With only the entry stair still to come, the Reading Room at the Wellcome Collection will be able to be many different things
This is a very pleasing ‘what-if’ space, part of the expansion of the popular Wellcome Collection on London’s Euston Road. Architect and designer AOC, working within a £17.5m plan by Wilkinson Eyre for this museum of medical history, has devised a space that is part exhibition, part library, part lounge, part research archive. It will be open to the public from February: although it is near-complete in itself, it awaits completion of a new spiral stair to connect it to the rest of the building.
In fact, the Wellcome Collection as a client seems remarkably curious and relaxed about just what the public use of this new facility will be, how many will find their way there, and what uses will be found for it: performance being one possibility. ‘The nature of its use will be left unprescribed,’ they say. AOC has an idea, though, having conducted a series of public workshops using items from the museum’s collection. AOC director Geoff Shearcroft remarks that his practice was inspired by early photos of the space as a hall of statuary collected by the obsessive pharmaceuticals pioneer Henry Wellcome: something of the quirkiness of Wellcome comes through in this rethought space, not least his facial profile, used for timber mouldings. His patent pills are present, too, as bronze feet for the specially-designed reference tables.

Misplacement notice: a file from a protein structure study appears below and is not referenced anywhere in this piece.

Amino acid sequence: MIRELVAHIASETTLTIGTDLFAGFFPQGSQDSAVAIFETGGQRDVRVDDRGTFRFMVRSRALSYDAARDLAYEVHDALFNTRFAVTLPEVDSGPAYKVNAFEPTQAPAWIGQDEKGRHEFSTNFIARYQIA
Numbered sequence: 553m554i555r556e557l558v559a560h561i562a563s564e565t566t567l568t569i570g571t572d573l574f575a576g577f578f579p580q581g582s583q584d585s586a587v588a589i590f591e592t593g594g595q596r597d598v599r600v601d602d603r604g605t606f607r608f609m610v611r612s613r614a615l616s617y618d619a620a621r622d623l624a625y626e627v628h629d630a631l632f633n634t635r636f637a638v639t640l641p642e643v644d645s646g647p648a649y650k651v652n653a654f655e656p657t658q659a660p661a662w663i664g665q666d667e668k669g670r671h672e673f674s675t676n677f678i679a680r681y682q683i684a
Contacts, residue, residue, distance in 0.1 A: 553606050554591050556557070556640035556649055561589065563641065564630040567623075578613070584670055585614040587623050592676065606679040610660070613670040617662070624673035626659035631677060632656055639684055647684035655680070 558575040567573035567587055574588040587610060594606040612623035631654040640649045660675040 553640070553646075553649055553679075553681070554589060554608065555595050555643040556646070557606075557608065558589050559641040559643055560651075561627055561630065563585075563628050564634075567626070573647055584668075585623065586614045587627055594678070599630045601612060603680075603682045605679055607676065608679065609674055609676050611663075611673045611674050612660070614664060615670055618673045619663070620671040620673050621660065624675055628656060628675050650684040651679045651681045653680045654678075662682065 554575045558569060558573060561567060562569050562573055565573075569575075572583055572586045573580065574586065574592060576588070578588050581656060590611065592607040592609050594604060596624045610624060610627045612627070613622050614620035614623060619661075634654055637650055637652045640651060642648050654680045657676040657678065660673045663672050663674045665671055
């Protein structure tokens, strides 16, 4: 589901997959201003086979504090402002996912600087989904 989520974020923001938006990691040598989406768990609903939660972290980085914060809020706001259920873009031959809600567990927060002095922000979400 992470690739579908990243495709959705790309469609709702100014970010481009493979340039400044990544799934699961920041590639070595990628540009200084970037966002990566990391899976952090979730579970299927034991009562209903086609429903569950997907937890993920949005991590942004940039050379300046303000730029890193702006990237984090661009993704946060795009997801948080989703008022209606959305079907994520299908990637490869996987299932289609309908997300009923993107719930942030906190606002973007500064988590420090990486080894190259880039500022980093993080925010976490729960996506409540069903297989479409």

In one corner you will find a reproduction of Freud’s couch, near a coatstand of straitjackets. There is a fearsome 1920 dentist’s station, an early scanning X-ray machine, a set of the children’s game ‘Operation’, contemporary art interventions and – in this room of 100 objects and 1,000 books – just one large interactive screen, on which you can dissect bodies, mummies and suchlike with a swipe of your finger. Different areas – Alchemy, Travel, Body, Breath, Face, Pain, Mind, Lives, Faith – are given subtly different design treatments and furniture. Upholstery fabric uses a 1951 Festival of Britain wallpaper design based on the Insulin cell: in fact there’s something of a 1950s semi-domestic feel to the whole place.
It’s rare for a cultural institution to come up with such an open brief: the result is both playful and learned. If the Ercol furniture is too formal, you can lounge on big cushions on the red-carpeted stairs: no longer a route to the library above, instead they become a kind of amphitheatre